Sell online even if you don’t make, stock or ship the products with a dropshipping supplier. This means your business isn’t tied to a set location, and makes starting an online business easier. But customizing products can be difficult and you’re responsible for any issues with the supplier.
Dropshipping is an online business model that uses a third-party seller to move merchandise. So when you sell an item, you contact the supplier and buy that item at wholesale cost. This supplier ships the product directly to the customer for you.
This means you never see the product. Instead you’re selling someone else’s products and taking a share of the profits.
Here’s how it works:
Add a product to your site from a supplier.
Sell a product from your online store.
Forward the order and delivery details to the dropshipping supplier — a wholesaler or manufacturer
The dropshipping supplier packs the order and ships it to the customer on your behalf.
How to start a dropshipping business
You’ll need to complete the following steps if you want to set up an online dropshipping store:
1. Get a tax ID number
Creating a sales tax ID number is often required for you to do business with a dropshipping supplier so you can collect and submit taxes.
Many states allow you to apply for a sales tax ID online. Expect to provide your business name, ownership information, business license number and federal tax ID number.
Next, you need to decide where to sell products: through your own online store or an e-commerce marketplace, like Amazon or eBay. Setting up your own store gives you full control over site branding and managing your online presence, while online marketplaces provide access to a larger audience of potential buyers.
4. Start selling
List your products online and start selling. Devise a detailed marketing plan that includes advertising and social media strategies to help attract new customers to build a bigger business.
How to find the right items to dropship
When it comes to finding high-quality items that you can sell for a profit, research is your friend. Scope out some ideal dropshipping products using the following strategies:
Research trending products. Use tools like Google Trends and “top-selling products” sections on e-commerce marketplaces to find out what sort of items are in high demand.
Find your niche. Select products in a niche that you’re knowledgeable and passionate about. Decide whether you want to sell high-demand products, or focus on targeting a market.
Consider pricing. Find a happy medium between products that are easy to market and will sell for a profit. Consider packing and shipping costs and how they could affect buyers.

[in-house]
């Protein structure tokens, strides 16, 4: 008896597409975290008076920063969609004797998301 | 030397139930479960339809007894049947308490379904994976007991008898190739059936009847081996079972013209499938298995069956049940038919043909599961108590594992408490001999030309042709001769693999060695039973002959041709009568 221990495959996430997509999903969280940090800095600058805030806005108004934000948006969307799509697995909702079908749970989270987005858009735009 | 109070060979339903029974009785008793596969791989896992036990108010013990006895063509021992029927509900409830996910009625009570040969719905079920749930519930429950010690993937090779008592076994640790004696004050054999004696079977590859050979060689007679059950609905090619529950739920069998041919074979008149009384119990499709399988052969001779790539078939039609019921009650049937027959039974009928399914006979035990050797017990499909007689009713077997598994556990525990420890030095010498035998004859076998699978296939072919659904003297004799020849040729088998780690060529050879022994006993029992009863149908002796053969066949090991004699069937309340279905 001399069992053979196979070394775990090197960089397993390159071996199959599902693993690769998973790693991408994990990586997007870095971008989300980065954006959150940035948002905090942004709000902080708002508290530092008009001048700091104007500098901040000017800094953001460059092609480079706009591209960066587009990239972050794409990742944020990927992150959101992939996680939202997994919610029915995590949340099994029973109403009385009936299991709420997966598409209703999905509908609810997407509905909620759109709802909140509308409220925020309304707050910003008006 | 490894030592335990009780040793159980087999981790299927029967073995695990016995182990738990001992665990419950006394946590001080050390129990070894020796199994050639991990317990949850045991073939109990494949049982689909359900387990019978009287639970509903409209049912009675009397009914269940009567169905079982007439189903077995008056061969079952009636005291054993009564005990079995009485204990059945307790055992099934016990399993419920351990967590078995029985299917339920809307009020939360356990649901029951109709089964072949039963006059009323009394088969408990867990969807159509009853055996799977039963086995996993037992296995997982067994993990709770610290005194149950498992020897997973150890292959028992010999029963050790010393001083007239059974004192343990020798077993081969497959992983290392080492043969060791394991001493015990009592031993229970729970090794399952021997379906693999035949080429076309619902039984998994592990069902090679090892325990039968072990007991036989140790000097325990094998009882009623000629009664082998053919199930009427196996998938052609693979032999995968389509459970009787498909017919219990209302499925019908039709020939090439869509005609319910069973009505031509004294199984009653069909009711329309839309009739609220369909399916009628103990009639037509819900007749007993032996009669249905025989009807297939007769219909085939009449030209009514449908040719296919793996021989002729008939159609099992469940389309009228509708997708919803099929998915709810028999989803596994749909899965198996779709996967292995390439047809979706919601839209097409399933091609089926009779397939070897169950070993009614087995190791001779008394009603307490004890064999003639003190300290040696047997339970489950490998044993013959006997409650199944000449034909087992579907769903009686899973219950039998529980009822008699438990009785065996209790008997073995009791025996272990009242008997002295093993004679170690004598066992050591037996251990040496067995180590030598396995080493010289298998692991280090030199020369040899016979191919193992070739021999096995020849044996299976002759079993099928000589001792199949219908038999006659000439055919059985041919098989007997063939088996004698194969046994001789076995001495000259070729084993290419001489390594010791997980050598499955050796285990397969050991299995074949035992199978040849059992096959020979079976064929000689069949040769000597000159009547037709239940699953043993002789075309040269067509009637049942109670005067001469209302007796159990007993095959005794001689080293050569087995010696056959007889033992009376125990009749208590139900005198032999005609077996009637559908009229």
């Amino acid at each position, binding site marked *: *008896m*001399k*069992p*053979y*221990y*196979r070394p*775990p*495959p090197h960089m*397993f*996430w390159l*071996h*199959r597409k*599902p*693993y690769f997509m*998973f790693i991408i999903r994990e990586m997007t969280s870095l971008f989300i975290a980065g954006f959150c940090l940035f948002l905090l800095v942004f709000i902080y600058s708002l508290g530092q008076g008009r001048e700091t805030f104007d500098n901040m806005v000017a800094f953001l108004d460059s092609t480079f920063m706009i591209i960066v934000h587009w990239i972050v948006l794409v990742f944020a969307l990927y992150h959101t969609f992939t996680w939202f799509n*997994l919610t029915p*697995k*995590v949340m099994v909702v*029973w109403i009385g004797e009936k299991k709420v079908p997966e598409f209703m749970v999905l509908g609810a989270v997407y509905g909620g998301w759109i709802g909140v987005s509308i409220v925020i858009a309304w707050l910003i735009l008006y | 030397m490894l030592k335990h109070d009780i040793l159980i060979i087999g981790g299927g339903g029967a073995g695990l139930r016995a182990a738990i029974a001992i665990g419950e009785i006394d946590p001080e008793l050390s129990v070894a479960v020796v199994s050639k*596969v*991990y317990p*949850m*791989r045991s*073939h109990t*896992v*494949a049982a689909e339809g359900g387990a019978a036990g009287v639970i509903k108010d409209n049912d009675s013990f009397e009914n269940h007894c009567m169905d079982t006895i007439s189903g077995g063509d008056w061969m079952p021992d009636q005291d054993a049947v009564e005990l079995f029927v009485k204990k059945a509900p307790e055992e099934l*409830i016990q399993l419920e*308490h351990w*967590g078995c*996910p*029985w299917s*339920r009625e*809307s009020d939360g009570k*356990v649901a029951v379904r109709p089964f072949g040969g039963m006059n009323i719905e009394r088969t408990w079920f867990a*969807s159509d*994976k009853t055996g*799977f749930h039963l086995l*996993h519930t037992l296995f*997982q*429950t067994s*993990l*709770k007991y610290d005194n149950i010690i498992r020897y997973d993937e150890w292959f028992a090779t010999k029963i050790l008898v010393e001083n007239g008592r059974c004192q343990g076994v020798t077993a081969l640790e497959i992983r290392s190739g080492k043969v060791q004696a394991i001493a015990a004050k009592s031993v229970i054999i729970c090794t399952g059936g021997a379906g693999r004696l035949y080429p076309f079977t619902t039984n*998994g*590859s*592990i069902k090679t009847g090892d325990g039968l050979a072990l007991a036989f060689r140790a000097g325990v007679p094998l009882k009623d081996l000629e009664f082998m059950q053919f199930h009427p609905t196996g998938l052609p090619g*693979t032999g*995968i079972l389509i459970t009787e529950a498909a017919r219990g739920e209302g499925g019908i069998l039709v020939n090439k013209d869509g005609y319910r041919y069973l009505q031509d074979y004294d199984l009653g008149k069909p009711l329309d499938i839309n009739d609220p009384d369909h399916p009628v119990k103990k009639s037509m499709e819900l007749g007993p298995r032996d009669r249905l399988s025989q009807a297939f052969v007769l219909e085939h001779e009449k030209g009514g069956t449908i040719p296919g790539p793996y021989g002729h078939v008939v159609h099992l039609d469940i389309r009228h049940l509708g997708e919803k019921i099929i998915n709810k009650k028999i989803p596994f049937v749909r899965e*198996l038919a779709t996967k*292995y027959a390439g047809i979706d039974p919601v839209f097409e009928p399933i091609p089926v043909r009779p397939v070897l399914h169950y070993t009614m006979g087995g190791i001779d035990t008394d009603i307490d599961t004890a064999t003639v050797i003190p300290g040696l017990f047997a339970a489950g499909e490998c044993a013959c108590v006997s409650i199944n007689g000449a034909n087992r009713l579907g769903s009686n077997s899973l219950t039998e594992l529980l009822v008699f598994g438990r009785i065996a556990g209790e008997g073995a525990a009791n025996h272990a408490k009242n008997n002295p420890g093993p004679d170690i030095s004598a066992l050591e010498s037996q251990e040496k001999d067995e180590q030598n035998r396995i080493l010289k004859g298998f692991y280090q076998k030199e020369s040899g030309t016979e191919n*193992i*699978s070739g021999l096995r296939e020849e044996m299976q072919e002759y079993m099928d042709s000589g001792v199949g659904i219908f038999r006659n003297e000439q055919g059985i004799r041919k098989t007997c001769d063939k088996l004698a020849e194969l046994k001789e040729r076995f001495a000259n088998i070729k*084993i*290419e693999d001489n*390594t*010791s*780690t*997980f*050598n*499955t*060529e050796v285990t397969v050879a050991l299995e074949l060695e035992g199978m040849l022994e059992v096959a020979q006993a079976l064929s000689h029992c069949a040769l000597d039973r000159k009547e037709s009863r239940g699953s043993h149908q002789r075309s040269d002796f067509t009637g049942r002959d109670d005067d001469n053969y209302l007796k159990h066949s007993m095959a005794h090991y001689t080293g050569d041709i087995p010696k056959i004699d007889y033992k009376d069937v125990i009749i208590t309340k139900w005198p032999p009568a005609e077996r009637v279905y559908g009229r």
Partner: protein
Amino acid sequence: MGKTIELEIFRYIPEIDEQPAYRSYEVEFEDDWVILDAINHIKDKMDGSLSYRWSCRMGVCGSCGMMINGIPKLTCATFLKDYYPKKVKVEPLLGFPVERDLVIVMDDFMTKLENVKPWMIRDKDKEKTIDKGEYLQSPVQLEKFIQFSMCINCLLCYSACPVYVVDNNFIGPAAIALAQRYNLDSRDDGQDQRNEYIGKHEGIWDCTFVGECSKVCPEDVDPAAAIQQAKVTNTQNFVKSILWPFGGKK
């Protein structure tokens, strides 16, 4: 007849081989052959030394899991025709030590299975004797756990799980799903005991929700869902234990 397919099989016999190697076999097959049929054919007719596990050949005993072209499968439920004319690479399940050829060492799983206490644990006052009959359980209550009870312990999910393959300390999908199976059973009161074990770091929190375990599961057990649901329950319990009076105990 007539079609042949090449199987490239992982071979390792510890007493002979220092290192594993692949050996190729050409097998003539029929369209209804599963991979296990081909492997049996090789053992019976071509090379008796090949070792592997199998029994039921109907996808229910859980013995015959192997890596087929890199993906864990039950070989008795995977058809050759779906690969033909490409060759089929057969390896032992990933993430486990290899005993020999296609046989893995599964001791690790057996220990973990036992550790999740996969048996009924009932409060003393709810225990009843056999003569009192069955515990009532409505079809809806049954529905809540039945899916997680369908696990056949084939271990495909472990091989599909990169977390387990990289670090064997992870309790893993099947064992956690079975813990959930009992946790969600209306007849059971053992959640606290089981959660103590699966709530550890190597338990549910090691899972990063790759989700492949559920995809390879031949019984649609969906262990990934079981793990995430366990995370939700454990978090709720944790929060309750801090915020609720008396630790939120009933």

Research the competition. Research other sellers that stock similar items to see if you can match or beat their prices and still make a reasonable profit.
Focus on products that are relatively cheap and easy to ship. Products that tend to sell the best with dropshipping include:
What marketplaces allow dropshipping?
Use dropshipping to sell products from your own online store, along with other popular online marketplaces:
Before you sign up for an account on any marketplace, check the terms and conditions to make sure dropshipping is permitted.
How to find dropshipping suppliers
Compare a range of dropshipping suppliers to find a reliable partner for your business. Consider cost, but also factor in the supplier’s track record and shipping times, and its refunds and how it handles complaints.
Contact manufacturers and wholesalers directly, or find them using supplier directories like Worldwide Brands and SaleHoo. Look up your potential dropshipping supplier on the Better Business Bureau and Trustpilot to find out more about its reputation among fellow merchants.
Check out the table below for details on a few popular dropshipping supplier directories or see our picks for best shipping companies.
Easy product integration into your Shopify store
Free plan available
Millions of products
Plugin is only available on Shopify
Limited customer support
2 million products from hundreds of manufacturers and suppliers
See suppliers’ fulfillment rates, average processing time, ship times and cost
High monthly fees
Order and restocking fees
Simple and straightforward platform
Only a limited number of suppliers on the platform offer dropshipping
16 million+ products from thousands of wholesalers
One-time $299 membership fee
Video tutorials and online selling guides
$67 annual fee
Limited products compared to other platforms
20+ third-party software integrations
Phone support during the week for all service tiers
Users report that the user interface is easy to navigate
No free tier or free trial
$59+ monthly fee
Only 6 international shipping carriers
Choosing a dropshipping supplier
When trying to determine the best dropshipping supplier, ask yourself the following questions:
How long has the company been in business?
Can you easily access information about where the company is based and who runs it?
Are there legitimate reviews and testimonials from existing customers?
Are products competitively priced?
How long will the supplier take to ship items to customers?
Which countries does the supplier ship to?
Is the supplier willing to send samples of the products you want to sell?